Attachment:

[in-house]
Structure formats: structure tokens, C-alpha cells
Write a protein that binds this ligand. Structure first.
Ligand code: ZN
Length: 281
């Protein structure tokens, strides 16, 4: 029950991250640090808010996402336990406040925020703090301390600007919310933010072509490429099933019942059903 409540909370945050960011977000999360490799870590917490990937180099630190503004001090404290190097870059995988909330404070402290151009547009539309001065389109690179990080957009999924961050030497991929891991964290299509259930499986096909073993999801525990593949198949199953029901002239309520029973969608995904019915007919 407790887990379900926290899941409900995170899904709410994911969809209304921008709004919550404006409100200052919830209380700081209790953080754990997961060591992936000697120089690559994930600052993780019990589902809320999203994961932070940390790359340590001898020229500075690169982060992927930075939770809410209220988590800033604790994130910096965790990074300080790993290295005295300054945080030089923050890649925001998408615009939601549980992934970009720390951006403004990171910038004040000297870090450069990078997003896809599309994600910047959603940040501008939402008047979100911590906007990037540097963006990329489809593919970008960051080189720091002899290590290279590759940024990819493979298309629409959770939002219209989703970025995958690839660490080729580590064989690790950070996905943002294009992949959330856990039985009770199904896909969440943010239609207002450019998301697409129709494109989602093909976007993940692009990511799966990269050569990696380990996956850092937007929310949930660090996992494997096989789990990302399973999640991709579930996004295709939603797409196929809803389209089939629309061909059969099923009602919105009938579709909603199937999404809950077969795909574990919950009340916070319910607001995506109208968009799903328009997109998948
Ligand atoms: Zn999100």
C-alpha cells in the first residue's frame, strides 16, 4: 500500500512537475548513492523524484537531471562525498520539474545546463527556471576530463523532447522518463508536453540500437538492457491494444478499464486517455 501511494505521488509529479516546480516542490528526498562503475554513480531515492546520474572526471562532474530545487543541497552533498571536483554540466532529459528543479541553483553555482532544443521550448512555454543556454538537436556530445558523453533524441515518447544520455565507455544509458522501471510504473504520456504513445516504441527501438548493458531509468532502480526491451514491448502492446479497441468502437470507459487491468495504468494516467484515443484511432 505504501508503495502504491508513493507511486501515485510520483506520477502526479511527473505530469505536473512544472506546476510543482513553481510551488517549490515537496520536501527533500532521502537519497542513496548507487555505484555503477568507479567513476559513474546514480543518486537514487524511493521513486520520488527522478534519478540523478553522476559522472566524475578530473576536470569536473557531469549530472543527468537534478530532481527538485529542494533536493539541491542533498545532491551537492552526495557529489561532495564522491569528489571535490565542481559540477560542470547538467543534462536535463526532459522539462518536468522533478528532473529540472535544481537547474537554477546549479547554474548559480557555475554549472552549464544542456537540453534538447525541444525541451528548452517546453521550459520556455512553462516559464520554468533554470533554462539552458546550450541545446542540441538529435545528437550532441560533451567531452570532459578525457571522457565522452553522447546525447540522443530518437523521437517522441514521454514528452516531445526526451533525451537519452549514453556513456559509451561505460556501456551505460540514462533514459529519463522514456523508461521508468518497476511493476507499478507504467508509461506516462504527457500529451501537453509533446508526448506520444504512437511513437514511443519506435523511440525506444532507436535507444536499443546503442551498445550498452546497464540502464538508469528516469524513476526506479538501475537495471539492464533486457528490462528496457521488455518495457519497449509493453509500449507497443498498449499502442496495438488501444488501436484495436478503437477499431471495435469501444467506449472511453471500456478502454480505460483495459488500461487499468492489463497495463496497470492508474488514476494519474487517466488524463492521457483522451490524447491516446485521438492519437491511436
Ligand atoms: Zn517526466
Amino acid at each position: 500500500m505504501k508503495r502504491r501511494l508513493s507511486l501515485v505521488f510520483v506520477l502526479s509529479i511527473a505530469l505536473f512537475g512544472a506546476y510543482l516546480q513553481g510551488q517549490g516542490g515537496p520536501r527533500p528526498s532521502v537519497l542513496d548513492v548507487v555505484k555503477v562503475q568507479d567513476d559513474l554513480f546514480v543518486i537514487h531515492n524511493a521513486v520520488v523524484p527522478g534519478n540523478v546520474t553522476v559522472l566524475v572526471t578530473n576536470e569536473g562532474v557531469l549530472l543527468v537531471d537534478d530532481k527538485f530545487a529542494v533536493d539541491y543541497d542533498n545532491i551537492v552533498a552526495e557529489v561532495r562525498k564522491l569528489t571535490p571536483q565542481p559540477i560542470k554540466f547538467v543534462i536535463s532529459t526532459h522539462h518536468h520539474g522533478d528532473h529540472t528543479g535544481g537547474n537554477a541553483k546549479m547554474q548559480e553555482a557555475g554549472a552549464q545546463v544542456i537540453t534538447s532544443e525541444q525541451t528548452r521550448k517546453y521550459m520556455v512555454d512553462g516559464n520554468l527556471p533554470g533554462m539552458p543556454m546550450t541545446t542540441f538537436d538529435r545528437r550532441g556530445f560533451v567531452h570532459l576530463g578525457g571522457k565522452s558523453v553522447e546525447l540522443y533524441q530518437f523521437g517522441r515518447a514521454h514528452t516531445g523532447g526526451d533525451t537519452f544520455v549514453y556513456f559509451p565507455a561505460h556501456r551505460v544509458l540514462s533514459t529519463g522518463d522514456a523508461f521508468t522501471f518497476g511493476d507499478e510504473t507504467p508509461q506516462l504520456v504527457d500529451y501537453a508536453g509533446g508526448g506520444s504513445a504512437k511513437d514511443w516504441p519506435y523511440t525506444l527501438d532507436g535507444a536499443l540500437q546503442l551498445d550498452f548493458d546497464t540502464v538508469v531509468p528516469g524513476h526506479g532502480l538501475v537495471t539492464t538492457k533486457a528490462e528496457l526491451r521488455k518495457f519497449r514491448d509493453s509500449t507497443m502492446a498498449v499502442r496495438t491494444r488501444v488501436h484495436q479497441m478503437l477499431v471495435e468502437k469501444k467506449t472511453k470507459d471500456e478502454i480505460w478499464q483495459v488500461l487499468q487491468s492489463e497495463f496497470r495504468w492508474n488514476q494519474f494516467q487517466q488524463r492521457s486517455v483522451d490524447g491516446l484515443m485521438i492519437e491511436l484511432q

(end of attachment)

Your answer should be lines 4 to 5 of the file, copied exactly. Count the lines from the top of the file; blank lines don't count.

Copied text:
Ligand code: ZN
Length: 281